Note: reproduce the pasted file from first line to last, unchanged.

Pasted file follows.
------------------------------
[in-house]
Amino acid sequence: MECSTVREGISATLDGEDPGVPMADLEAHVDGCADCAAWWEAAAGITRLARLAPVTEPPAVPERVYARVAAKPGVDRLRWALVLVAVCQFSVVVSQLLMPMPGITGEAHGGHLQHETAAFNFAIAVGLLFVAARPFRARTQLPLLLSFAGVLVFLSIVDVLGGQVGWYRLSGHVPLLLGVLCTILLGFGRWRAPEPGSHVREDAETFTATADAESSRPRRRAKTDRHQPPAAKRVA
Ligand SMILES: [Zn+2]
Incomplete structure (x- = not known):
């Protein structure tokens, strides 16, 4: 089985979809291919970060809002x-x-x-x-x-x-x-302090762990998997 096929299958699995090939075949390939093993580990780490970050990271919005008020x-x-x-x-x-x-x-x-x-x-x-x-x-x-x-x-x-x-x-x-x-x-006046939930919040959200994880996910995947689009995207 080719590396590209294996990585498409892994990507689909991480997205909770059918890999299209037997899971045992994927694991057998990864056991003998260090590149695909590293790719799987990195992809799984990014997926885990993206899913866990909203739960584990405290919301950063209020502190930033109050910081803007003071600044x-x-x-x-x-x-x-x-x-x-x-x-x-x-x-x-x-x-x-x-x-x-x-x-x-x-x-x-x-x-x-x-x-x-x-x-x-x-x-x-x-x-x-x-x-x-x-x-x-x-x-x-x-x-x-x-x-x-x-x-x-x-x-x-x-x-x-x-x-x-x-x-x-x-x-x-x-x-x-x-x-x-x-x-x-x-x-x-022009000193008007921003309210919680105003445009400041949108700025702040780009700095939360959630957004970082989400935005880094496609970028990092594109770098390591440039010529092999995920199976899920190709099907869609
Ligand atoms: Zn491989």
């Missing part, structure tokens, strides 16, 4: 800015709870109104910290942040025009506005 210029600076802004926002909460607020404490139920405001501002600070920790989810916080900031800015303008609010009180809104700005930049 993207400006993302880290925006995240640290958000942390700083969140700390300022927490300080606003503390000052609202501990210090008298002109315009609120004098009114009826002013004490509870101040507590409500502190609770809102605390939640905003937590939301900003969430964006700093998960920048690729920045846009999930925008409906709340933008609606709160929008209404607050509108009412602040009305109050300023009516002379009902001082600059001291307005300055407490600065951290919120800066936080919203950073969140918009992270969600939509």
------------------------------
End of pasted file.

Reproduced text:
[in-house]
Amino acid sequence: MECSTVREGISATLDGEDPGVPMADLEAHVDGCADCAAWWEAAAGITRLARLAPVTEPPAVPERVYARVAAKPGVDRLRWALVLVAVCQFSVVVSQLLMPMPGITGEAHGGHLQHETAAFNFAIAVGLLFVAARPFRARTQLPLLLSFAGVLVFLSIVDVLGGQVGWYRLSGHVPLLLGVLCTILLGFGRWRAPEPGSHVREDAETFTATADAESSRPRRRAKTDRHQPPAAKRVA
Ligand SMILES: [Zn+2]
Incomplete structure (x- = not known):
């Protein structure tokens, strides 16, 4: 089985979809291919970060809002x-x-x-x-x-x-x-302090762990998997 096929299958699995090939075949390939093993580990780490970050990271919005008020x-x-x-x-x-x-x-x-x-x-x-x-x-x-x-x-x-x-x-x-x-x-006046939930919040959200994880996910995947689009995207 080719590396590209294996990585498409892994990507689909991480997205909770059918890999299209037997899971045992994927694991057998990864056991003998260090590149695909590293790719799987990195992809799984990014997926885990993206899913866990909203739960584990405290919301950063209020502190930033109050910081803007003071600044x-x-x-x-x-x-x-x-x-x-x-x-x-x-x-x-x-x-x-x-x-x-x-x-x-x-x-x-x-x-x-x-x-x-x-x-x-x-x-x-x-x-x-x-x-x-x-x-x-x-x-x-x-x-x-x-x-x-x-x-x-x-x-x-x-x-x-x-x-x-x-x-x-x-x-x-x-x-x-x-x-x-x-x-x-x-x-x-022009000193008007921003309210919680105003445009400041949108700025702040780009700095939360959630957004970082989400935005880094496609970028990092594109770098390591440039010529092999995920199976899920190709099907869609
Ligand atoms: Zn491989």
């Missing part, structure tokens, strides 16, 4: 800015709870109104910290942040025009506005 210029600076802004926002909460607020404490139920405001501002600070920790989810916080900031800015303008609010009180809104700005930049 993207400006993302880290925006995240640290958000942390700083969140700390300022927490300080606003503390000052609202501990210090008298002109315009609120004098009114009826002013004490509870101040507590409500502190609770809102605390939640905003937590939301900003969430964006700093998960920048690729920045846009999930925008409906709340933008609606709160929008209404607050509108009412602040009305109050300023009516002379009902001082600059001291307005300055407490600065951290919120800066936080919203950073969140918009992270969600939509």